Chapter 13 Summary
After True Son and Half Arrow pass Fort Pitt, they no longer feel as if they must hide during the day. They stop for the night in a lush part of the river bank, and in the morning they make a net to catch fish for a meal. It is such a pleasant place that they spend several months here.
The cousins spend their days hunting and fishing and enjoying all that nature provides them. True Son and Half Arrow are experiencing the life they have dreamed of living. They are their own masters and are able to gather their own provisions from the land in a kind of “primitive deliciousness.”
The cousins cut one another’s ears to “make them seemly,” and they pull out all the hair on one another’s head except for a long center growth, which hangs freely. They lie under their dugout boat listening to the rain, and they live the life of true Indians. The land provides them everything they need, and they care nothing about either their pasts or their futures.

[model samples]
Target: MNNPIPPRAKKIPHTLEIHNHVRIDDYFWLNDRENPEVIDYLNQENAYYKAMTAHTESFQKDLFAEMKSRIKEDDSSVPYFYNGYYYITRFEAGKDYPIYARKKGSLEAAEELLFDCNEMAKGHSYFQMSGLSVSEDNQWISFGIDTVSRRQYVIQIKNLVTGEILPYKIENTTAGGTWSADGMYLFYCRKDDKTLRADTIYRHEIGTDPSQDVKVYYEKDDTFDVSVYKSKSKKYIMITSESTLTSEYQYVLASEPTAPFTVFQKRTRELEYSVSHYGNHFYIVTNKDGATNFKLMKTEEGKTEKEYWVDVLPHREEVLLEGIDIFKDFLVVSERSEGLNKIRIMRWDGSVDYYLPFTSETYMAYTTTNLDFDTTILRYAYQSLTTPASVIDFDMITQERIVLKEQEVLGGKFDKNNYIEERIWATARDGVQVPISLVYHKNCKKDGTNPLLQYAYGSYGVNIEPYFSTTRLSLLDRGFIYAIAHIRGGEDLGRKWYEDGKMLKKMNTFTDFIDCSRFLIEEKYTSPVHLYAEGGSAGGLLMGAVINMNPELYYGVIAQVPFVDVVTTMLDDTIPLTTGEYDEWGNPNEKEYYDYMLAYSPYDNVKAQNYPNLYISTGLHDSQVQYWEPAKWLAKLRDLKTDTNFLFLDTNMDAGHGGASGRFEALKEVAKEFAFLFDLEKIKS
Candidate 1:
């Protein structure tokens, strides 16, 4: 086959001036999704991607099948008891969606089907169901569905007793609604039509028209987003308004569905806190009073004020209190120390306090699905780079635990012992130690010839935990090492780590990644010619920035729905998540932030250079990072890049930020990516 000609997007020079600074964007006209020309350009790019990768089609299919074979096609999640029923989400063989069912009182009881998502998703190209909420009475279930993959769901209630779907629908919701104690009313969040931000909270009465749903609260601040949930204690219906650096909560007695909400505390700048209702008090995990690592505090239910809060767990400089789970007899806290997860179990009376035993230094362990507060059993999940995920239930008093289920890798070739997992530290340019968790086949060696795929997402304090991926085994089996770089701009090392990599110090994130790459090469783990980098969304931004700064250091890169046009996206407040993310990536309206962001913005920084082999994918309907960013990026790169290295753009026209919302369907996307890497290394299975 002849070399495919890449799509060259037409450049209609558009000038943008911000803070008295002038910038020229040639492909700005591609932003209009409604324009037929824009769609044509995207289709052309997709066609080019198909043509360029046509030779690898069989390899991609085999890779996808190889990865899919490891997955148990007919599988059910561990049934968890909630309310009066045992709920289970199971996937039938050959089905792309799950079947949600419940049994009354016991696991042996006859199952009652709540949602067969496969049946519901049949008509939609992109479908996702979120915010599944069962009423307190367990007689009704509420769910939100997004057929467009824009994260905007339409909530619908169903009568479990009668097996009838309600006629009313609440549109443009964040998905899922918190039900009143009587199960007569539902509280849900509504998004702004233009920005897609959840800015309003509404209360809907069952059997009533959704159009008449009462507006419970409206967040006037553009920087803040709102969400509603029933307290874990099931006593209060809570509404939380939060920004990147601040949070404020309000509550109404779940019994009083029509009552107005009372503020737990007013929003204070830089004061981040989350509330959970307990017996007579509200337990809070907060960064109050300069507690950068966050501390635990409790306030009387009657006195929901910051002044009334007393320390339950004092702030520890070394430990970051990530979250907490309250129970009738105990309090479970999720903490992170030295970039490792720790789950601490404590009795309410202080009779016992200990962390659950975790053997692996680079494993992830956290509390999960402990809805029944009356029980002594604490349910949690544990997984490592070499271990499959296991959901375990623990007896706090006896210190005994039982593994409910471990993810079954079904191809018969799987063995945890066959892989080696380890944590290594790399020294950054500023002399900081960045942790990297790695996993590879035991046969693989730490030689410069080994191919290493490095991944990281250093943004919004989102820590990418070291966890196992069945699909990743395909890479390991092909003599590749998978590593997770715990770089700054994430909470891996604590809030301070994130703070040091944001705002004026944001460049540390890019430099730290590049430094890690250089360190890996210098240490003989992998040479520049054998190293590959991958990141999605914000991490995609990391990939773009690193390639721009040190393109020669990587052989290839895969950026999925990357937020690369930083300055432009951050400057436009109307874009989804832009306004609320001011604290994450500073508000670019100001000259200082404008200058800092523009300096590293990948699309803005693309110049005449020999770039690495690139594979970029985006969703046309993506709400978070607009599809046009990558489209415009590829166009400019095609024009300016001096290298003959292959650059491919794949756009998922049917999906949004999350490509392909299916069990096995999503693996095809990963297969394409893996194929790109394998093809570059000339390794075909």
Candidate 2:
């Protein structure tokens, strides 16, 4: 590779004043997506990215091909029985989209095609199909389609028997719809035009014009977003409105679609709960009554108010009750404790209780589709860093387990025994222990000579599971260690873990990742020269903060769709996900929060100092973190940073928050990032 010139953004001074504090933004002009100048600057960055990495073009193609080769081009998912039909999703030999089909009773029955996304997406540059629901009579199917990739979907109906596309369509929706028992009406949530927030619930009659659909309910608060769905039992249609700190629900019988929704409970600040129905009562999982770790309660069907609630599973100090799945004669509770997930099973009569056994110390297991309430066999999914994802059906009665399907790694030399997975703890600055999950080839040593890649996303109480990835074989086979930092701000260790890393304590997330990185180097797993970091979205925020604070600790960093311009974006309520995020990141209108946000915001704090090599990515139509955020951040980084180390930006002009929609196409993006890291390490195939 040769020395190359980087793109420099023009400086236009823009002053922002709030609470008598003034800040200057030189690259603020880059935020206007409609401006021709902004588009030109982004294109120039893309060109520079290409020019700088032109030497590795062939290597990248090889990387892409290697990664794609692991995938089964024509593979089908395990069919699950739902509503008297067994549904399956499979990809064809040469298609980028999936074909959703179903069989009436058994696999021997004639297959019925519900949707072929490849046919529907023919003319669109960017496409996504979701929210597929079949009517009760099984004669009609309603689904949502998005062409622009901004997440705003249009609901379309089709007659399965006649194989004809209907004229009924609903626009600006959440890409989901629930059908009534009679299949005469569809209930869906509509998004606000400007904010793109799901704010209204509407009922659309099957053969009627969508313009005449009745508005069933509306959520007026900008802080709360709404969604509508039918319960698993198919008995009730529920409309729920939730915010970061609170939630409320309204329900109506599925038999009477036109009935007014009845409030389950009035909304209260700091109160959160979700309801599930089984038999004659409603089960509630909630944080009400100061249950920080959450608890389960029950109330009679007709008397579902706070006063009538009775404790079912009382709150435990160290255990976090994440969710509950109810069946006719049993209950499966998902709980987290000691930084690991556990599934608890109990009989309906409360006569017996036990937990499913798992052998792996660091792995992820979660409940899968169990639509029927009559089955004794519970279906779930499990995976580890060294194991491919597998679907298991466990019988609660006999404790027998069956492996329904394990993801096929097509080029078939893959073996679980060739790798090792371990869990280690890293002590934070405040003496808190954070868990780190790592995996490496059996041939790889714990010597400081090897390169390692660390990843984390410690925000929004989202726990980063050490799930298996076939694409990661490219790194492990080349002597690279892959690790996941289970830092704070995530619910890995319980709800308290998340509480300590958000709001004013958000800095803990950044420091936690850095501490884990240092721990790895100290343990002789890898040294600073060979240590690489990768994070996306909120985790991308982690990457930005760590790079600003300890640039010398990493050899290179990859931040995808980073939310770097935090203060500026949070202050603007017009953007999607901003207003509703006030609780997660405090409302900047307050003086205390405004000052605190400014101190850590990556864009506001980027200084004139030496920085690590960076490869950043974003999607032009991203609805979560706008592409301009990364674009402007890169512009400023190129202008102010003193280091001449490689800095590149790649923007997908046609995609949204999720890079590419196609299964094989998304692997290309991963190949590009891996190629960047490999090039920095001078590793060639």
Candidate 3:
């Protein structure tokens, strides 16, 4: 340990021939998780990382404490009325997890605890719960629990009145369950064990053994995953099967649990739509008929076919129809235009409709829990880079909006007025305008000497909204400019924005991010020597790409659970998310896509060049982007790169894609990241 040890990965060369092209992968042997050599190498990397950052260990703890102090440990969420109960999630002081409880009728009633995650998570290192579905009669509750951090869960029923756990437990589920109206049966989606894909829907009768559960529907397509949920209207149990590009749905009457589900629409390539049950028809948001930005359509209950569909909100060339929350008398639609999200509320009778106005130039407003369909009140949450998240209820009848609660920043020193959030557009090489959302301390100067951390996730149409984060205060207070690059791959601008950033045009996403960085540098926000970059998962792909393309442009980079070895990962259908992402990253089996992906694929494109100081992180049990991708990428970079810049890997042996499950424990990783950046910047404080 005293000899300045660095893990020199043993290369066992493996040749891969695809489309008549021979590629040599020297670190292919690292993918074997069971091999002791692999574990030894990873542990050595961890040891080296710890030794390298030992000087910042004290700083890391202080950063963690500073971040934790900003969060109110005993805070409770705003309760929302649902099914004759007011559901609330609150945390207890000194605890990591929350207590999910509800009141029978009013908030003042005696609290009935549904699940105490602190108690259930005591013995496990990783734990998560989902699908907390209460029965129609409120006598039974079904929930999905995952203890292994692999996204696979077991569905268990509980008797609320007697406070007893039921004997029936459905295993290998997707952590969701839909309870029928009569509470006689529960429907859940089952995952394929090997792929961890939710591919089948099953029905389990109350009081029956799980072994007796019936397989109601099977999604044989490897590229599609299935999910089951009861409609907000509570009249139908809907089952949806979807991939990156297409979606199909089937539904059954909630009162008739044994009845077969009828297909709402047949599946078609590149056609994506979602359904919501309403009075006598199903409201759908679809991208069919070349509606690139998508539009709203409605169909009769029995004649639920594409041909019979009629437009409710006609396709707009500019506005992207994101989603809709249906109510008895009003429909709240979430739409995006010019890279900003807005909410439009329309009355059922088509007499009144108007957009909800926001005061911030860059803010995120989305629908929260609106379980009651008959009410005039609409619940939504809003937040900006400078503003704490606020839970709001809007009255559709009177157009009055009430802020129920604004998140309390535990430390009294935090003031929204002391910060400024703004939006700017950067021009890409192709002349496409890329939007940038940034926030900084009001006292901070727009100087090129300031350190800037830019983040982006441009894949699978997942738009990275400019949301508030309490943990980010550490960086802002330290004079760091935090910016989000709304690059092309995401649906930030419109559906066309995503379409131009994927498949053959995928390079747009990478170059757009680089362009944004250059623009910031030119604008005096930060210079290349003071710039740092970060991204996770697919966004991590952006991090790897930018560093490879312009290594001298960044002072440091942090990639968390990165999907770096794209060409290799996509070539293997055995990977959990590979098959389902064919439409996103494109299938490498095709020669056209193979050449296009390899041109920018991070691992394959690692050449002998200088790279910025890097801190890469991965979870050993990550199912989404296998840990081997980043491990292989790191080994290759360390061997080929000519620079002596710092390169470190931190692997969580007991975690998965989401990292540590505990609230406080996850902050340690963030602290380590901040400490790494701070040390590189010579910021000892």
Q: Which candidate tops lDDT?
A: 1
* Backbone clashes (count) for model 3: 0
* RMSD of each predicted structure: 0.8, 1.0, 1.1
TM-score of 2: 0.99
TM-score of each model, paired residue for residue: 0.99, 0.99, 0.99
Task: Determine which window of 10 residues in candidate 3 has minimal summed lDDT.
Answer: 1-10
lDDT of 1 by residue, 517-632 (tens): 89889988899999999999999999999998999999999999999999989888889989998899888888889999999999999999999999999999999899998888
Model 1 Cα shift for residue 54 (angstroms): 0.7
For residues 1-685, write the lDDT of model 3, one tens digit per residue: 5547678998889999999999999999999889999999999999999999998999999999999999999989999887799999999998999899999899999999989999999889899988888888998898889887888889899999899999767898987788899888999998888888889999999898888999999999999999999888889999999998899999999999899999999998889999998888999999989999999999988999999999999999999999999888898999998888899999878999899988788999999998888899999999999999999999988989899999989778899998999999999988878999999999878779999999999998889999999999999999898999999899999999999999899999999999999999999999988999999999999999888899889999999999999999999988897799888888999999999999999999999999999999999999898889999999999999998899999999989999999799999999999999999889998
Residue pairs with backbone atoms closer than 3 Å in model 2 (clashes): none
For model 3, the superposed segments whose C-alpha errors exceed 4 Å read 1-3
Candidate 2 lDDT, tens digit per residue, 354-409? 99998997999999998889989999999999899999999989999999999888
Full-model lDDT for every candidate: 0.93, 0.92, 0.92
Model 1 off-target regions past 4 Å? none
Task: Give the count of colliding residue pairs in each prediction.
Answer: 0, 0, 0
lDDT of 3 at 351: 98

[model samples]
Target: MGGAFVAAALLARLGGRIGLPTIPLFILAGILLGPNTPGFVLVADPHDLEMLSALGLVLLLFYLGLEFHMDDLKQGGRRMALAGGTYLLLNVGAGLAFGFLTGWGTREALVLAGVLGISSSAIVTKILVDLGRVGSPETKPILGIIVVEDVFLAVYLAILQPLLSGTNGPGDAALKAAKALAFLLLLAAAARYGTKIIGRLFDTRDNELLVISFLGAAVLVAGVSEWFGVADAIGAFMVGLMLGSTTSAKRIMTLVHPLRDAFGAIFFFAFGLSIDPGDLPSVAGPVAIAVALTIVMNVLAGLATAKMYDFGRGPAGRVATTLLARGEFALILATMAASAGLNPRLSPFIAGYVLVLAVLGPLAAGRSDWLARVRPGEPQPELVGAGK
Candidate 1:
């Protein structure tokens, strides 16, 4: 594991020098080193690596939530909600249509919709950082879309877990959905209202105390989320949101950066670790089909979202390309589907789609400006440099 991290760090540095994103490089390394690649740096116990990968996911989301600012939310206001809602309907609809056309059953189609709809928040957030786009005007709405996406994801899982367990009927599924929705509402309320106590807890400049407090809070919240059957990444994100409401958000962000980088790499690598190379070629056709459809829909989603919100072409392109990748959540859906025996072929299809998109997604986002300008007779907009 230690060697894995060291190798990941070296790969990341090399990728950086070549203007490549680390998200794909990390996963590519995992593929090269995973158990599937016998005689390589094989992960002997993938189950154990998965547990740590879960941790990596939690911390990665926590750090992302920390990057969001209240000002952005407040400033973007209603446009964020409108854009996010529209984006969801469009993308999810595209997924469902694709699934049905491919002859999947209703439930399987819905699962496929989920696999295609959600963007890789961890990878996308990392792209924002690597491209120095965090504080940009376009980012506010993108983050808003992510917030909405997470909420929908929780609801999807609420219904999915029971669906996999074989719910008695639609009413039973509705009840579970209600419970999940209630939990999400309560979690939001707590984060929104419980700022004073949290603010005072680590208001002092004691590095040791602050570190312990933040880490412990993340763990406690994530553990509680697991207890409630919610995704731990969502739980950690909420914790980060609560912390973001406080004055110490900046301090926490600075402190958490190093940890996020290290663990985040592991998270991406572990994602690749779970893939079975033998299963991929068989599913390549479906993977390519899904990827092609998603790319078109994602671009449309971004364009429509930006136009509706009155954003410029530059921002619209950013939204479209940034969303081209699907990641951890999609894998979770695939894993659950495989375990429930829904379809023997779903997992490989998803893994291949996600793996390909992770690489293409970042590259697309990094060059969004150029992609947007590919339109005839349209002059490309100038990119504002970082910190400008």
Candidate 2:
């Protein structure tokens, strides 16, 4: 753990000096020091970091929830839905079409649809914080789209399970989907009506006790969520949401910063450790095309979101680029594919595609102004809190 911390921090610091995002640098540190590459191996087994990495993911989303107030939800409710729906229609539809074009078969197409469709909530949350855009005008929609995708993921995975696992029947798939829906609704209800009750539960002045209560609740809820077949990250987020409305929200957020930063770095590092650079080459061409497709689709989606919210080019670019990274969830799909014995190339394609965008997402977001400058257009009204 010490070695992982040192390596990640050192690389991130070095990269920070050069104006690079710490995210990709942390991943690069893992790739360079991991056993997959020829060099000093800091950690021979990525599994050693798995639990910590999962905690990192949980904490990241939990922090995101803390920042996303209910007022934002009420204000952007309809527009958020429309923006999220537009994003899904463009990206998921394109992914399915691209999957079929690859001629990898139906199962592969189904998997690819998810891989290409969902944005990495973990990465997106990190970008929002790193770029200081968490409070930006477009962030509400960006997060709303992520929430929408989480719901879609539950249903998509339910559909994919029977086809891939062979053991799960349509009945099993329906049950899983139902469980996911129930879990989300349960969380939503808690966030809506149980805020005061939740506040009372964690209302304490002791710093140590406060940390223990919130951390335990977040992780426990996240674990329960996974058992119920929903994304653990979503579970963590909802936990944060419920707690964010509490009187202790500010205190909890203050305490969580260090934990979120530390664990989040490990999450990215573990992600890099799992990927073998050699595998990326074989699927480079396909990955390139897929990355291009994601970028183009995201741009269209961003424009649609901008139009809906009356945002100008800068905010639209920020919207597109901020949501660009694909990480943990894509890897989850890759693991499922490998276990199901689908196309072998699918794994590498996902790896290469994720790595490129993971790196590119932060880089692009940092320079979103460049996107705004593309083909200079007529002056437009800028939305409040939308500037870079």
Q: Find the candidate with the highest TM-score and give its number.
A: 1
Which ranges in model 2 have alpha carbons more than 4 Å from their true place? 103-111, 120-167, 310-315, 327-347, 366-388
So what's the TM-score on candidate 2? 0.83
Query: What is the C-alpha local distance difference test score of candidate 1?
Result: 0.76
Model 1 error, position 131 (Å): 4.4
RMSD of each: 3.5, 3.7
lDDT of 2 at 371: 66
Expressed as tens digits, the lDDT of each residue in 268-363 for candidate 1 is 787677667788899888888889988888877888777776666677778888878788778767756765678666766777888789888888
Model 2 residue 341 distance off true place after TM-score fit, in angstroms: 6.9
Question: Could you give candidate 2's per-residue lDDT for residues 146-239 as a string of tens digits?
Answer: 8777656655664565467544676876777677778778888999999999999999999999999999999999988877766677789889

Finally True Son and Half Arrow know they must leave this idyllic life, although they would certainly rather stay. As they round the final bend in the river and see their village in the distance, they hear dogs barking and see the Indians doing their ordinary tasks. It is just as True Son remembered in his mind, and he trembles at the sight.
Soon everyone on land begins to look intently at them, trying to identify the people in the boat. By the time the boys land, a crowd has gathered to meet them, including True Son’s beautiful sisters. Half Arrow and True Son walk proud and tall through their village.
When True Son finally goes to his cabin and sees his mother, she steps aside to allow her husband to greet True Son first. When the boy greets his father, Cuyloga’s face is impassive but his eyes reflect a “deep welcome.” The crowd in the doorway cheers as the two of them embrace.